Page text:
The plan advocates massive funding in areas where his father-in-law’s administration has already cut off American aid. Is this another bit of hypocrisy, or a statement of dissent? And what of these statements, which might be applied as a counterpoint to Trump’s own behavior in office:
“Good governance requires rigorous systems that empower people to hold institutions accountable.”
“Robust civil society institutions and a free press are important parts of any well-functioning democracy. Preserving and expanding these important institutions within the West Bank and Gaza will require new laws and practices that protect their independence and improve their capacity.”
Hear! Hear!

June 16, 2019

Phantoms of War


By David K. Shipler

                On the night of August 4, 1964, as two US destroyers were reporting attacks by North Vietnamese PT boats in the Tonkin Gulf, Navy Commander James Stockdale took off from the USS Ticonderoga to fly support. He spent more than 90 minutes below 2,000 feet searching for North Vietnamese vessels. “I had the best seat in the house to watch that event,” he wrote in a book twenty years later, “and our destroyers were just shooting at phantom targets—there were no PT boats there . . . there was nothing there but black water and American firepower."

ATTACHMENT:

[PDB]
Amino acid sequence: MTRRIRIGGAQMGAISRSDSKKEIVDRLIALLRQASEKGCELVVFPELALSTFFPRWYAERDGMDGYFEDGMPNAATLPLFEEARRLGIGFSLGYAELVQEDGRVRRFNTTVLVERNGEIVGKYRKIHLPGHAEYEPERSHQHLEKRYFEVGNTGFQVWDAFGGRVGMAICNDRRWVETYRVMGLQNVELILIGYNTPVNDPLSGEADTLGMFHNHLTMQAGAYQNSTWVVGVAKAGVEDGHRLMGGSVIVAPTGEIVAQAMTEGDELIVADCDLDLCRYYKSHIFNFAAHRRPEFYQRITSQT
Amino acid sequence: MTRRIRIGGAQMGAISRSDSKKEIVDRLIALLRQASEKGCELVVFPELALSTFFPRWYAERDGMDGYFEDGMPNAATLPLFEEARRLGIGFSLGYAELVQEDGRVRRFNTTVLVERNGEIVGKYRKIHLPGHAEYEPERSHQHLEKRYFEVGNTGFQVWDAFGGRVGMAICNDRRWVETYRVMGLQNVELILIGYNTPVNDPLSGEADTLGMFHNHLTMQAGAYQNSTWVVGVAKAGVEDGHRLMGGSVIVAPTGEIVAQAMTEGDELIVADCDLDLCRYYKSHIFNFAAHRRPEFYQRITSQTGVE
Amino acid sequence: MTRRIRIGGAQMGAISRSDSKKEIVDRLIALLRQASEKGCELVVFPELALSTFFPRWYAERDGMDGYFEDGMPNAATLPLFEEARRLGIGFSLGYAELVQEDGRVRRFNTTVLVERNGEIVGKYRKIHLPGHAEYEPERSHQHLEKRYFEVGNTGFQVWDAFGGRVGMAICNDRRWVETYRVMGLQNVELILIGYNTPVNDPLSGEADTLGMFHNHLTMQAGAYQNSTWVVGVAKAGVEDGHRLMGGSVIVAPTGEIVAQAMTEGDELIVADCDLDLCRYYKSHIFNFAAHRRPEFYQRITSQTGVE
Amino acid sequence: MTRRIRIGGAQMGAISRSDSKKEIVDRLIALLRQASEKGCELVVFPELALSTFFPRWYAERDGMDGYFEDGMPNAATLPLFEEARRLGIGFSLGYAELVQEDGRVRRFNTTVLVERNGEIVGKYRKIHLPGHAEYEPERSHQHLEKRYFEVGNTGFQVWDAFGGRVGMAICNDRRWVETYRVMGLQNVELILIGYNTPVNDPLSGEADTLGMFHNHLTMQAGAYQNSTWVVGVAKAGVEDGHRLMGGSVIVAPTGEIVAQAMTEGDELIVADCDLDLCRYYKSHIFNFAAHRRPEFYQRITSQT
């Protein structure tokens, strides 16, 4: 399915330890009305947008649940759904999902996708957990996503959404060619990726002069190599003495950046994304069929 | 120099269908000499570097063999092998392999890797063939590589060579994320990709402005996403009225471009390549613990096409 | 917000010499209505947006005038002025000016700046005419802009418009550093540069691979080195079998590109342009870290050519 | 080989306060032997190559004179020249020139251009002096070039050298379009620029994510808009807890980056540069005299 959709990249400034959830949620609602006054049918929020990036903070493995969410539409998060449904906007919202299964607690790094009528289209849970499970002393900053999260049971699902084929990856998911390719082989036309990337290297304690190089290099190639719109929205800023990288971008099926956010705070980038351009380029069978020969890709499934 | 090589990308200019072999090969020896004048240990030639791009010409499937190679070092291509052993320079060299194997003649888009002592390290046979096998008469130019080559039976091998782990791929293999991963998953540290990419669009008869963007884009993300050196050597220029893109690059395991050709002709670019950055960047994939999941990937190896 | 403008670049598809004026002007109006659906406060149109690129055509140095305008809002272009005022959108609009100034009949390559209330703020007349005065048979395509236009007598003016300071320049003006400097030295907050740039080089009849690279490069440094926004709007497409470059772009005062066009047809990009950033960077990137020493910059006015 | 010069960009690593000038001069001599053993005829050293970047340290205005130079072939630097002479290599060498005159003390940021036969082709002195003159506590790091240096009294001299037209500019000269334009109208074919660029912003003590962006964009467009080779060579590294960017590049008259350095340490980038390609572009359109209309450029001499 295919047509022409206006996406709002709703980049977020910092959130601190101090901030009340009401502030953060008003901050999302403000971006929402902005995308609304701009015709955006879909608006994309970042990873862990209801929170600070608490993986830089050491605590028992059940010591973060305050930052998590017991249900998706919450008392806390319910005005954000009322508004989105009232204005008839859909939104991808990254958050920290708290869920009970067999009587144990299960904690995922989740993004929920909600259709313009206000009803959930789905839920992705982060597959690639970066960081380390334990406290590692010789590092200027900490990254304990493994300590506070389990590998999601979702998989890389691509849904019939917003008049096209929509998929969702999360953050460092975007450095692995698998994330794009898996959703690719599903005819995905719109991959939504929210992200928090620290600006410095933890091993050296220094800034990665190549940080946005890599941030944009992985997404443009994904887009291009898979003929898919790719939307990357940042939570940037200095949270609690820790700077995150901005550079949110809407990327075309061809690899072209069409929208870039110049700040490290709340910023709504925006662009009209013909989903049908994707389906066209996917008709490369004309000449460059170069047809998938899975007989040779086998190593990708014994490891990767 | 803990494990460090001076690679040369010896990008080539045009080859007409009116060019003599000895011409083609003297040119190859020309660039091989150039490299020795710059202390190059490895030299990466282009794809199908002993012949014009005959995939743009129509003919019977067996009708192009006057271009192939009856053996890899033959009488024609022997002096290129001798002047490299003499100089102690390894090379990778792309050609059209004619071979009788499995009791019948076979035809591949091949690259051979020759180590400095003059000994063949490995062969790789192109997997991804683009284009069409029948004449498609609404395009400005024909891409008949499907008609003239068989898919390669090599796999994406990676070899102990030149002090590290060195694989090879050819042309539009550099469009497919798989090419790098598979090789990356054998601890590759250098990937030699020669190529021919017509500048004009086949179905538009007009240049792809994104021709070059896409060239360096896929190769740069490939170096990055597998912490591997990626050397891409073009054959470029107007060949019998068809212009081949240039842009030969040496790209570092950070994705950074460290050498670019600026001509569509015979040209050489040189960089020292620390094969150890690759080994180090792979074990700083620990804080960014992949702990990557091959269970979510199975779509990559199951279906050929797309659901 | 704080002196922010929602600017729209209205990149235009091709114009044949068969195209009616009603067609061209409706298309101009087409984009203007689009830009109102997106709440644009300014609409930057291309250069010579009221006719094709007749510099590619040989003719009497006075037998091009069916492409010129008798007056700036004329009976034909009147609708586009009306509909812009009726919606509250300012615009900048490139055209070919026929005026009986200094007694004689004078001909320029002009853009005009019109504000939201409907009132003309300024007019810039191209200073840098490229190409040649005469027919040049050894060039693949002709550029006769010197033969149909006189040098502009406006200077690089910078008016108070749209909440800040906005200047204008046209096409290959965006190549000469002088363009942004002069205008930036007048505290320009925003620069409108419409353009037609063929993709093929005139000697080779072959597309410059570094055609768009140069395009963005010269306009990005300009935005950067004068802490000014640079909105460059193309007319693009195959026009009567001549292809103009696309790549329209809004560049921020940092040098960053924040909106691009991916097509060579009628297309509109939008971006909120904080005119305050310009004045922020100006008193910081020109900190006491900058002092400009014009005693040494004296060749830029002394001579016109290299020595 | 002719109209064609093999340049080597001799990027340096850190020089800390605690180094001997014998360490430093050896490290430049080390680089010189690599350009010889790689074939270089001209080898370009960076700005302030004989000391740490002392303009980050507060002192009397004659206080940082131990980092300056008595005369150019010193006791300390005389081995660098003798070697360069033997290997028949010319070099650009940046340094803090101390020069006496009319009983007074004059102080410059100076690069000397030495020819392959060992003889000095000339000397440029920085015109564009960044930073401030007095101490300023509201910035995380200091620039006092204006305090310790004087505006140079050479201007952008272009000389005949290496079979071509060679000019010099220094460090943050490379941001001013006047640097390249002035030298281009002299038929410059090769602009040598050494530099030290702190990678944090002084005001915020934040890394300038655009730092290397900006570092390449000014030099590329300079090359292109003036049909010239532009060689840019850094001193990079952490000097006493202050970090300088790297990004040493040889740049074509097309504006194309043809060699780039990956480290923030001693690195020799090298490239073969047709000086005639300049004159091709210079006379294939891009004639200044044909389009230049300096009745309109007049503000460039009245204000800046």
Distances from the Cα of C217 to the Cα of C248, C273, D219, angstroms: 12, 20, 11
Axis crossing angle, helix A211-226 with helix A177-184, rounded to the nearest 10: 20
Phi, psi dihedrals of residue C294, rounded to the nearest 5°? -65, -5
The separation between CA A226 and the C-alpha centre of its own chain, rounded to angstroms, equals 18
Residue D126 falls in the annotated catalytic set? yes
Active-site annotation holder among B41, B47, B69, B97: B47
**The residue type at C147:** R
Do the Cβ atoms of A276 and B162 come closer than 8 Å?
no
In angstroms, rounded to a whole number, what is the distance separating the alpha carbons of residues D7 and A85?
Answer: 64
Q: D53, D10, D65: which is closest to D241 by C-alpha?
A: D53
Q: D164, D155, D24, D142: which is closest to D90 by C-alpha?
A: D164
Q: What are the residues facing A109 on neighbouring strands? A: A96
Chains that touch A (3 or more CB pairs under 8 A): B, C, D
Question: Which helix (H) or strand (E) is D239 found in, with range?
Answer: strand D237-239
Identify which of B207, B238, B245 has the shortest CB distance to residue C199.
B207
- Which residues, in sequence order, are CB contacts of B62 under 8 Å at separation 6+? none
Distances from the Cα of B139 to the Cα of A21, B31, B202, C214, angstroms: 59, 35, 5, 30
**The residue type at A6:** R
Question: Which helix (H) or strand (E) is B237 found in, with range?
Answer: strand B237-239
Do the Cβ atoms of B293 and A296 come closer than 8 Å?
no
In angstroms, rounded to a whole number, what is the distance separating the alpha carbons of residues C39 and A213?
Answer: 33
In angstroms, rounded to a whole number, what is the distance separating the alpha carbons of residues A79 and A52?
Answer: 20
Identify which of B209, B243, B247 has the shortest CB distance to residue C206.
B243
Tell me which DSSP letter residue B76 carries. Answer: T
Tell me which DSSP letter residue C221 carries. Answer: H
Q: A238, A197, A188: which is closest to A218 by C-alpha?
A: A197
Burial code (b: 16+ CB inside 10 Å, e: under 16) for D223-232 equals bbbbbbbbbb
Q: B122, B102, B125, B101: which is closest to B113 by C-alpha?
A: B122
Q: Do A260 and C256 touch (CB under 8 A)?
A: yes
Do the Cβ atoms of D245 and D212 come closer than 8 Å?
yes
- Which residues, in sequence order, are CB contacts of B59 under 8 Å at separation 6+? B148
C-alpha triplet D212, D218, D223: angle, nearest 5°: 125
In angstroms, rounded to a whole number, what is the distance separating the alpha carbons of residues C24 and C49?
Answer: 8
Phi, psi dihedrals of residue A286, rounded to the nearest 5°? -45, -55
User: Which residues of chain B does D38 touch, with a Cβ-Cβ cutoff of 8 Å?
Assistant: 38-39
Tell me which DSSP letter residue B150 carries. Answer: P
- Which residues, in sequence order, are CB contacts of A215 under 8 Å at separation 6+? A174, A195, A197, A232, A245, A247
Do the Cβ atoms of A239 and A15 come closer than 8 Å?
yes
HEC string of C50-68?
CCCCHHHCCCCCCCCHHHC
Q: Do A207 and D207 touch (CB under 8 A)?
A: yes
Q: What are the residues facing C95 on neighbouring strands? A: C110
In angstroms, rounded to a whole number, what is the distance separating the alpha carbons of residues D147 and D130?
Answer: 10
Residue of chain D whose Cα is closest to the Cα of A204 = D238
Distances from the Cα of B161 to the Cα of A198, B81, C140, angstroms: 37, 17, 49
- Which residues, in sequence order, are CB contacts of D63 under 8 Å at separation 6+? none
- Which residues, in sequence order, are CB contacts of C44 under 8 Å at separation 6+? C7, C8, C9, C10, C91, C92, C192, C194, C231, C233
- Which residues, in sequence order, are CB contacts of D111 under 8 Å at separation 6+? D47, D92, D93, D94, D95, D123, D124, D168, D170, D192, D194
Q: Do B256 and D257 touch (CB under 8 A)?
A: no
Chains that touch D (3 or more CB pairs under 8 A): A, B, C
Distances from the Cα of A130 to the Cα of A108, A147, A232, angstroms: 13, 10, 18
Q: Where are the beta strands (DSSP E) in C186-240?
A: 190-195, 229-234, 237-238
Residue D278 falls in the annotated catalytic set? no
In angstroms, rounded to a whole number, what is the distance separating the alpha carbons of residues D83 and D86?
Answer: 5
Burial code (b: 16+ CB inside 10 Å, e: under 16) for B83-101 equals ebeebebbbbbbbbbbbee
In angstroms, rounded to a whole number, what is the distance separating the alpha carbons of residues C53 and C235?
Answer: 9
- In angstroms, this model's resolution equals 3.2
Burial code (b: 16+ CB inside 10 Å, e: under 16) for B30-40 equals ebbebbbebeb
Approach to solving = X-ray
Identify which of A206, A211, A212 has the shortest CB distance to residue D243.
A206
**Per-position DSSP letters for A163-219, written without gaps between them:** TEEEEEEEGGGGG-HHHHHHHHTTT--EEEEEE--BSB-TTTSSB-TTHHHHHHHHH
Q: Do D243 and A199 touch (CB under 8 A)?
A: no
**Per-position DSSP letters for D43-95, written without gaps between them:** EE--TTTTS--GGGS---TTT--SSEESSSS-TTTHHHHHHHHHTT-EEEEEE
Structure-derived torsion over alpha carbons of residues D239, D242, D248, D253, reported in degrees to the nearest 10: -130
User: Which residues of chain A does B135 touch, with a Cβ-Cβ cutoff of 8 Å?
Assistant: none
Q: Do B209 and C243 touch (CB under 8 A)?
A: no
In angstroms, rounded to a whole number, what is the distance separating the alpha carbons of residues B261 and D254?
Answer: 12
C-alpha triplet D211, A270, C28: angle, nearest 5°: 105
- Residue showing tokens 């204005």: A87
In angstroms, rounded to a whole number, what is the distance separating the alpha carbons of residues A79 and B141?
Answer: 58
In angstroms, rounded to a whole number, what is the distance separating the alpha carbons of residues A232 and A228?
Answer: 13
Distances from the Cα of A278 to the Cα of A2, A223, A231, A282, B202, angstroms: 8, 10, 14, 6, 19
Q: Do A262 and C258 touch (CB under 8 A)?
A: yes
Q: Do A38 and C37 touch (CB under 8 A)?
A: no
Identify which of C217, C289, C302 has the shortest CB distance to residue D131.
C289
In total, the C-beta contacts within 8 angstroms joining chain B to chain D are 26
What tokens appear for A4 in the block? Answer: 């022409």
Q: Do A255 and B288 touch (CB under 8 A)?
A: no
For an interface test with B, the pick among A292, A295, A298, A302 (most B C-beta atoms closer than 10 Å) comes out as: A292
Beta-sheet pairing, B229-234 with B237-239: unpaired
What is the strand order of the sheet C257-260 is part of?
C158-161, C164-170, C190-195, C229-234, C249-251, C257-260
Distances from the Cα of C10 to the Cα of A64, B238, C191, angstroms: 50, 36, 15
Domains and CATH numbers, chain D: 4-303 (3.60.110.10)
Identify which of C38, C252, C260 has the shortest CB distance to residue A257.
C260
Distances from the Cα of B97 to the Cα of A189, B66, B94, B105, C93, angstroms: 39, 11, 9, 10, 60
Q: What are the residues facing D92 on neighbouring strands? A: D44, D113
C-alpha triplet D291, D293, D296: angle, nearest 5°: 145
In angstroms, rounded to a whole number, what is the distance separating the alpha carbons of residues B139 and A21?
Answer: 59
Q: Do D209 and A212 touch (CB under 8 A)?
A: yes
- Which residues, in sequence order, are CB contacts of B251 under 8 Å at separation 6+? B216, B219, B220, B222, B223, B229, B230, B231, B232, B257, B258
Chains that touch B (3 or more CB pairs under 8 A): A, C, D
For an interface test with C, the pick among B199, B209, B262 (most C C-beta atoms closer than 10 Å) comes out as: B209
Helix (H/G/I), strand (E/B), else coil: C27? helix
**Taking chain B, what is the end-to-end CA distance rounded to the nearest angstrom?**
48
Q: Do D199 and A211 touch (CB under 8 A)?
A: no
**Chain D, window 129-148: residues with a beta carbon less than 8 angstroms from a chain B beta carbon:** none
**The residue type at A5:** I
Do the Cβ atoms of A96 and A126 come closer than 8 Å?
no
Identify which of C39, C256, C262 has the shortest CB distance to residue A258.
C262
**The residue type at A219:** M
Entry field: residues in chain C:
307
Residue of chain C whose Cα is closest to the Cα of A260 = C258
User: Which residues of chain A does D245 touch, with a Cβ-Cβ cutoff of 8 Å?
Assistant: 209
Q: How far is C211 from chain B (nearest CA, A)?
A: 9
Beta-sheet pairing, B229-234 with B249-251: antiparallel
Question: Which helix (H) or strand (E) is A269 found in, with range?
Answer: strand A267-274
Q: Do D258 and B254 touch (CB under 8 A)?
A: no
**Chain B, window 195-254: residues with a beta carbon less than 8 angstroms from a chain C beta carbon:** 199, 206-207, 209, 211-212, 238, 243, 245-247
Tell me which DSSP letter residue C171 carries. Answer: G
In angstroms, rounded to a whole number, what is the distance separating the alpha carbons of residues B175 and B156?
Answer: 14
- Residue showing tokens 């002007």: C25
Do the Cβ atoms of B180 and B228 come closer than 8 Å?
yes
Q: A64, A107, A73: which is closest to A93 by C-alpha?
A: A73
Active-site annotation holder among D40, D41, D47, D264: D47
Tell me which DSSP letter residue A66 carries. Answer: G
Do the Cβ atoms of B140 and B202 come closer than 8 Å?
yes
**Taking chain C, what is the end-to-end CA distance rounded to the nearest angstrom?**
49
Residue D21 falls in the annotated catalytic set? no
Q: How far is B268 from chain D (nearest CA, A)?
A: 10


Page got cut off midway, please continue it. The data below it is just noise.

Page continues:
Yet the imagined incident, coming two days after an actual attack, prompted President Lyndon Johnson to denounce Hanoi’s “repeated acts of violence” and order a bombing run against a North Vietnamese oil depot. The sortie of 18 planes was led, ironically, by Stockdale, who knew conclusively what had not happened but followed orders to help “launch a war under false pretenses,” as he said in his book. (He was shot down on a later mission, spent seven years as a POW, and in 1992 ran for vice president on Ross Perot’s ticket.)
                The cautionary tale of the Tonkin Gulf has been revived in recent days by the Trump administration’s assertions of absolute certainty that Iran was responsible for attacks on two oil tankers. The evidence is sketchy—primarily a video showing Iranian Revolutionary Guards removing, not planting, a limpet mine—and sundry sightings of Iranian vessels in the area, as they always are. There might be intercepted communications, called SIGINT (signal intelligence) in the trade, but they haven’t been released.